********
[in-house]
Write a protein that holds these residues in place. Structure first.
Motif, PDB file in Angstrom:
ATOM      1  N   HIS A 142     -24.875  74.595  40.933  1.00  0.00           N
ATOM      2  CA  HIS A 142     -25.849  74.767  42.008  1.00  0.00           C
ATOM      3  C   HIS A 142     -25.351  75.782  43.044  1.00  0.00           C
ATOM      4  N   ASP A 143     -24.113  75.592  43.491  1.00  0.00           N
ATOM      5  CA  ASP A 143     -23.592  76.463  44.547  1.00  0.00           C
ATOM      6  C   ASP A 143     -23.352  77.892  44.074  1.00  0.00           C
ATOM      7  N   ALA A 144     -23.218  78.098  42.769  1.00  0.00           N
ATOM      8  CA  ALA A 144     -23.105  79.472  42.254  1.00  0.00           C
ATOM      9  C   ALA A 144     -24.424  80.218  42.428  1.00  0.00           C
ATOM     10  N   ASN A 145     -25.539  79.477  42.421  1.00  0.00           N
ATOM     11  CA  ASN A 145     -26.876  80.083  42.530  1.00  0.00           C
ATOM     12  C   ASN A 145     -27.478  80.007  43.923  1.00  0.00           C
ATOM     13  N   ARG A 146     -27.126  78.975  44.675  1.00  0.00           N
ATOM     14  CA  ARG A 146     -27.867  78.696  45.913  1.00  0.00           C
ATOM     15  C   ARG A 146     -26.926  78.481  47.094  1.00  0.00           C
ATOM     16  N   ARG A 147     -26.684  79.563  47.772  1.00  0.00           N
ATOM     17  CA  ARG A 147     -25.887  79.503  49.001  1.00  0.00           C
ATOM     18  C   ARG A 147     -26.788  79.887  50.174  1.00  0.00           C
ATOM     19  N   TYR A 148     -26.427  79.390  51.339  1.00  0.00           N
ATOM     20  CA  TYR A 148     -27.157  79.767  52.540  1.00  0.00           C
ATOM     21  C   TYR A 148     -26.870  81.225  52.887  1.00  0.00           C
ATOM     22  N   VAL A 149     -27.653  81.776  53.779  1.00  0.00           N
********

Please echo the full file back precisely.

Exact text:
[in-house]
Write a protein that holds these residues in place. Structure first.
Motif, PDB file in Angstrom:
ATOM      1  N   HIS A 142     -24.875  74.595  40.933  1.00  0.00           N
ATOM      2  CA  HIS A 142     -25.849  74.767  42.008  1.00  0.00           C
ATOM      3  C   HIS A 142     -25.351  75.782  43.044  1.00  0.00           C
ATOM      4  N   ASP A 143     -24.113  75.592  43.491  1.00  0.00           N
ATOM      5  CA  ASP A 143     -23.592  76.463  44.547  1.00  0.00           C
ATOM      6  C   ASP A 143     -23.352  77.892  44.074  1.00  0.00           C
ATOM      7  N   ALA A 144     -23.218  78.098  42.769  1.00  0.00           N
ATOM      8  CA  ALA A 144     -23.105  79.472  42.254  1.00  0.00           C
ATOM      9  C   ALA A 144     -24.424  80.218  42.428  1.00  0.00           C
ATOM     10  N   ASN A 145     -25.539  79.477  42.421  1.00  0.00           N
ATOM     11  CA  ASN A 145     -26.876  80.083  42.530  1.00  0.00           C
ATOM     12  C   ASN A 145     -27.478  80.007  43.923  1.00  0.00           C
ATOM     13  N   ARG A 146     -27.126  78.975  44.675  1.00  0.00           N
ATOM     14  CA  ARG A 146     -27.867  78.696  45.913  1.00  0.00           C
ATOM     15  C   ARG A 146     -26.926  78.481  47.094  1.00  0.00           C
ATOM     16  N   ARG A 147     -26.684  79.563  47.772  1.00  0.00           N
ATOM     17  CA  ARG A 147     -25.887  79.503  49.001  1.00  0.00           C
ATOM     18  C   ARG A 147     -26.788  79.887  50.174  1.00  0.00           C
ATOM     19  N   TYR A 148     -26.427  79.390  51.339  1.00  0.00           N
ATOM     20  CA  TYR A 148     -27.157  79.767  52.540  1.00  0.00           C
ATOM     21  C   TYR A 148     -26.870  81.225  52.887  1.00  0.00           C
ATOM     22  N   VAL A 149     -27.653  81.776  53.779  1.00  0.00           N